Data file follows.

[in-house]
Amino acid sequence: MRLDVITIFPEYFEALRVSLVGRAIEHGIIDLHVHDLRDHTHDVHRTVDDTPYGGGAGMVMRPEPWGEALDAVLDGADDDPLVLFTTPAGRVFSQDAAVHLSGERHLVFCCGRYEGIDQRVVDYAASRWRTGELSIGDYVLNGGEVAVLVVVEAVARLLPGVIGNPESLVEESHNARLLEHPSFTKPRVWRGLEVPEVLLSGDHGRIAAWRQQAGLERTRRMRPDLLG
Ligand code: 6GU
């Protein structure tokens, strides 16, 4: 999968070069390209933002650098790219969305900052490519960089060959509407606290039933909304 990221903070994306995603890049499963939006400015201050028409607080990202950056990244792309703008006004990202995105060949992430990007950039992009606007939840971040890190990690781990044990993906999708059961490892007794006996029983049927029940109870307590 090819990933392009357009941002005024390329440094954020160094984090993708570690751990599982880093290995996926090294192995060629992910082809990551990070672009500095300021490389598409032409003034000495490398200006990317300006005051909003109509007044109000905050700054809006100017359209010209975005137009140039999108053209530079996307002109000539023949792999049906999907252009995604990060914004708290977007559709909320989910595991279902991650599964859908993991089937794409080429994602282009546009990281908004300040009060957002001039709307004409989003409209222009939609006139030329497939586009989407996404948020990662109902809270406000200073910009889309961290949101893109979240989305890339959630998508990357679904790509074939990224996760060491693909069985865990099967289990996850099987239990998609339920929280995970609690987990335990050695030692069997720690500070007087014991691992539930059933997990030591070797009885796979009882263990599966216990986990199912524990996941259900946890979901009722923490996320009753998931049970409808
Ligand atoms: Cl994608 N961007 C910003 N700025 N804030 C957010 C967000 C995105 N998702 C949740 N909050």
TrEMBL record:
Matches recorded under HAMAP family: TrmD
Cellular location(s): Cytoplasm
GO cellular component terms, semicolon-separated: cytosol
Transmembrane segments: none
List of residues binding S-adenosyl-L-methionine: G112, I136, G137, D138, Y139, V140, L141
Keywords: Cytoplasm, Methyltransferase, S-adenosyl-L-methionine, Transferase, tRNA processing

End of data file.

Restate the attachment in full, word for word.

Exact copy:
[in-house]
Amino acid sequence: MRLDVITIFPEYFEALRVSLVGRAIEHGIIDLHVHDLRDHTHDVHRTVDDTPYGGGAGMVMRPEPWGEALDAVLDGADDDPLVLFTTPAGRVFSQDAAVHLSGERHLVFCCGRYEGIDQRVVDYAASRWRTGELSIGDYVLNGGEVAVLVVVEAVARLLPGVIGNPESLVEESHNARLLEHPSFTKPRVWRGLEVPEVLLSGDHGRIAAWRQQAGLERTRRMRPDLLG
Ligand code: 6GU
């Protein structure tokens, strides 16, 4: 999968070069390209933002650098790219969305900052490519960089060959509407606290039933909304 990221903070994306995603890049499963939006400015201050028409607080990202950056990244792309703008006004990202995105060949992430990007950039992009606007939840971040890190990690781990044990993906999708059961490892007794006996029983049927029940109870307590 090819990933392009357009941002005024390329440094954020160094984090993708570690751990599982880093290995996926090294192995060629992910082809990551990070672009500095300021490389598409032409003034000495490398200006990317300006005051909003109509007044109000905050700054809006100017359209010209975005137009140039999108053209530079996307002109000539023949792999049906999907252009995604990060914004708290977007559709909320989910595991279902991650599964859908993991089937794409080429994602282009546009990281908004300040009060957002001039709307004409989003409209222009939609006139030329497939586009989407996404948020990662109902809270406000200073910009889309961290949101893109979240989305890339959630998508990357679904790509074939990224996760060491693909069985865990099967289990996850099987239990998609339920929280995970609690987990335990050695030692069997720690500070007087014991691992539930059933997990030591070797009885796979009882263990599966216990986990199912524990996941259900946890979901009722923490996320009753998931049970409808
Ligand atoms: Cl994608 N961007 C910003 N700025 N804030 C957010 C967000 C995105 N998702 C949740 N909050």
TrEMBL record:
Matches recorded under HAMAP family: TrmD
Cellular location(s): Cytoplasm
GO cellular component terms, semicolon-separated: cytosol
Transmembrane segments: none
List of residues binding S-adenosyl-L-methionine: G112, I136, G137, D138, Y139, V140, L141
Keywords: Cytoplasm, Methyltransferase, S-adenosyl-L-methionine, Transferase, tRNA processing